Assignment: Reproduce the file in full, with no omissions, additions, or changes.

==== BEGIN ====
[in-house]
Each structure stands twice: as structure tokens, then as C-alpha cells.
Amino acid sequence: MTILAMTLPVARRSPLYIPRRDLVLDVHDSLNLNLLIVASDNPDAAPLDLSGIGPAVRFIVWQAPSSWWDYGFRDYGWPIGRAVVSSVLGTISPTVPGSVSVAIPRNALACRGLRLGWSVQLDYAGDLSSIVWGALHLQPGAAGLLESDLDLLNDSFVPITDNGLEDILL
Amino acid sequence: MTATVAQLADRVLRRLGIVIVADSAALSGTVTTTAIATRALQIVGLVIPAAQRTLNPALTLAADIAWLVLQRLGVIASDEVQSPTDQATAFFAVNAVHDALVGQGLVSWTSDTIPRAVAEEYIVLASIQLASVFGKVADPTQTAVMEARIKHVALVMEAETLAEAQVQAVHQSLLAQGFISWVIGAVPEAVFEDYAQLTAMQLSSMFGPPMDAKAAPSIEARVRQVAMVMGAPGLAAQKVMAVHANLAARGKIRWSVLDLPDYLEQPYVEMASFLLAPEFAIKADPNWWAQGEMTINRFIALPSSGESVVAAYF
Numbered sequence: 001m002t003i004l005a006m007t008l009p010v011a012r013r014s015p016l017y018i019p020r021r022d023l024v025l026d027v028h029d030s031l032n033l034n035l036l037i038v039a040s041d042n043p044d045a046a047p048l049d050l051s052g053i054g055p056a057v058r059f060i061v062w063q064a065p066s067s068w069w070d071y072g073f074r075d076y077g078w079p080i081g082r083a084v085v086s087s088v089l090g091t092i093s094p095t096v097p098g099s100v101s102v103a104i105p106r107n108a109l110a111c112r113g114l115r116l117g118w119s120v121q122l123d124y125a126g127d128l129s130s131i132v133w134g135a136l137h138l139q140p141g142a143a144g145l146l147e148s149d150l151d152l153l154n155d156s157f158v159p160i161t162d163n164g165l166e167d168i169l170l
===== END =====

[in-house]
Each structure stands twice: as structure tokens, then as C-alpha cells.
Amino acid sequence: MTILAMTLPVARRSPLYIPRRDLVLDVHDSLNLNLLIVASDNPDAAPLDLSGIGPAVRFIVWQAPSSWWDYGFRDYGWPIGRAVVSSVLGTISPTVPGSVSVAIPRNALACRGLRLGWSVQLDYAGDLSSIVWGALHLQPGAAGLLESDLDLLNDSFVPITDNGLEDILL
Amino acid sequence: MTATVAQLADRVLRRLGIVIVADSAALSGTVTTTAIATRALQIVGLVIPAAQRTLNPALTLAADIAWLVLQRLGVIASDEVQSPTDQATAFFAVNAVHDALVGQGLVSWTSDTIPRAVAEEYIVLASIQLASVFGKVADPTQTAVMEARIKHVALVMEAETLAEAQVQAVHQSLLAQGFISWVIGAVPEAVFEDYAQLTAMQLSSMFGPPMDAKAAPSIEARVRQVAMVMGAPGLAAQKVMAVHANLAARGKIRWSVLDLPDYLEQPYVEMASFLLAPEFAIKADPNWWAQGEMTINRFIALPSSGESVVAAYF
Numbered sequence: 001m002t003i004l005a006m007t008l009p010v011a012r013r014s015p016l017y018i019p020r021r022d023l024v025l026d027v028h029d030s031l032n033l034n035l036l037i038v039a040s041d042n043p044d045a046a047p048l049d050l051s052g053i054g055p056a057v058r059f060i061v062w063q064a065p066s067s068w069w070d071y072g073f074r075d076y077g078w079p080i081g082r083a084v085v086s087s088v089l090g091t092i093s094p095t096v097p098g099s100v101s102v103a104i105p106r107n108a109l110a111c112r113g114l115r116l117g118w119s120v121q122l123d124y125a126g127d128l129s130s131i132v133w134g135a136l137h138l139q140p141g142a143a144g145l146l147e148s149d150l151d152l153l154n155d156s157f158v159p160i161t162d163n164g165l166e167d168i169l170l